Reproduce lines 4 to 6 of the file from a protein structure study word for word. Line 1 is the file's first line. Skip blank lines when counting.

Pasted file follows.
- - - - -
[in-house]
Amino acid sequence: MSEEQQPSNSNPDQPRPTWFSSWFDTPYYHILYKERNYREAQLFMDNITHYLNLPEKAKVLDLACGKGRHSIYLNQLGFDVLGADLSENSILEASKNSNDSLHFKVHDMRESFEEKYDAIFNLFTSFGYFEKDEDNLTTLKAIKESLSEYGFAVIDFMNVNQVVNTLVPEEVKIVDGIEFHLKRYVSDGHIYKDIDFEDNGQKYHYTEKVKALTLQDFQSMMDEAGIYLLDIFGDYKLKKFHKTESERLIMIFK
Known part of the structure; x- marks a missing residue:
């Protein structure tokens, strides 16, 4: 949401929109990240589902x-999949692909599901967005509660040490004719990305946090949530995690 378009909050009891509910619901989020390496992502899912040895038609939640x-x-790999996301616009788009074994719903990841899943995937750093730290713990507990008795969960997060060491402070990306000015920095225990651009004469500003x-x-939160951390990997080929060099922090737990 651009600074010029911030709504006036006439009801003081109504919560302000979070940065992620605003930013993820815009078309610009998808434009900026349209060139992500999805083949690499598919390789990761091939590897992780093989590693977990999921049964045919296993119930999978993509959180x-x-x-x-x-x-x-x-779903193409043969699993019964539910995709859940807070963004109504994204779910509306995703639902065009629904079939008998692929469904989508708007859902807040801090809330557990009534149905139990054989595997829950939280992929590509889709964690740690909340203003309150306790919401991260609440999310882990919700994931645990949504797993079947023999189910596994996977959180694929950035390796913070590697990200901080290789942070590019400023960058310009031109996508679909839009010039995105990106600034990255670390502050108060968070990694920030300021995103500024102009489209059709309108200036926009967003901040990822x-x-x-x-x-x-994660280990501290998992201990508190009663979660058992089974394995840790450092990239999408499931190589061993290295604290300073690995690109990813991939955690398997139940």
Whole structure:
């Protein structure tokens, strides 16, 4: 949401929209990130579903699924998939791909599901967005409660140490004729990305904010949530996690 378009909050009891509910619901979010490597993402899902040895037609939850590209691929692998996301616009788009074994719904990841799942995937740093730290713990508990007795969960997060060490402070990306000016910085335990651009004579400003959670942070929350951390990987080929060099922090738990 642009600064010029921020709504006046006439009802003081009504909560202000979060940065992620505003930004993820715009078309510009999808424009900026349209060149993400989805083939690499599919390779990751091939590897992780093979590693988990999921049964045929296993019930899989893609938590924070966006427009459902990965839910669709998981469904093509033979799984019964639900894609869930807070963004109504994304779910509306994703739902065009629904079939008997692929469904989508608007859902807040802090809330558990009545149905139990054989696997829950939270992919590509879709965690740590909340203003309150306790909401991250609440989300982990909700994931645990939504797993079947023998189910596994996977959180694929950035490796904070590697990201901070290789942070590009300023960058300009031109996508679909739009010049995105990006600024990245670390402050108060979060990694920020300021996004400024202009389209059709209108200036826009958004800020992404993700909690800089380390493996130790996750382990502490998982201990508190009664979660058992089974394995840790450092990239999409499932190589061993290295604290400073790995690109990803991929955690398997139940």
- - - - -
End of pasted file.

């Protein structure tokens, strides 16, 4: 949401929109990240589902x-999949692909599901967005509660040490004719990305946090949530995690 378009909050009891509910619901989020390496992502899912040895038609939640x-x-790999996301616009788009074994719903990841899943995937750093730290713990507990008795969960997060060491402070990306000015920095225990651009004469500003x-x-939160951390990997080929060099922090737990 651009600074010029911030709504006036006439009801003081109504919560302000979070940065992620605003930013993820815009078309610009998808434009900026349209060139992500999805083949690499598919390789990761091939590897992780093989590693977990999921049964045919296993119930999978993509959180x-x-x-x-x-x-x-x-779903193409043969699993019964539910995709859940807070963004109504994204779910509306995703639902065009629904079939008998692929469904989508708007859902807040801090809330557990009534149905139990054989595997829950939280992929590509889709964690740690909340203003309150306790919401991260609440999310882990919700994931645990949504797993079947023999189910596994996977959180694929950035390796913070590697990200901080290789942070590019400023960058310009031109996508679909839009010039995105990106600034990255670390502050108060968070990694920030300021995103500024102009489209059709309108200036926009967003901040990822x-x-x-x-x-x-994660280990501290998992201990508190009663979660058992089974394995840790450092990239999408499931190589061993290295604290300073690995690109990813991939955690398997139940």
Whole structure:
């Protein structure tokens, strides 16, 4: 949401929209990130579903699924998939791909599901967005409660140490004729990305904010949530996690 378009909050009891509910619901979010490597993402899902040895037609939850590209691929692998996301616009788009074994719904990841799942995937740093730290713990508990007795969960997060060490402070990306000016910085335990651009004579400003959670942070929350951390990987080929060099922090738990 642009600064010029921020709504006046006439009802003081009504909560202000979060940065992620505003930004993820715009078309510009999808424009900026349209060149993400989805083939690499599919390779990751091939590897992780093979590693988990999921049964045929296993019930899989893609938590924070966006427009459902990965839910669709998981469904093509033979799984019964639900894609869930807070963004109504994304779910509306994703739902065009629904079939008997692929469904989508608007859902807040802090809330558990009545149905139990054989696997829950939270992919590509879709965690740590909340203003309150306790909401991250609440989300982990909700994931645990939504797993079947023998189910596994996977959180694929950035490796904070590697990201901070290789942070590009300023960058300009031109996508679909739009010049995105990006600024990245670390402050108060979060990694920020300021996004400024202009389209059709209108200036826009958004800020992404993700909690800089380390493996130790996750382990502490998982201990508190009664979660058992089974394995840790450092990239999409499932190589061993290295604290400073790995690109990803991929955690398997139940």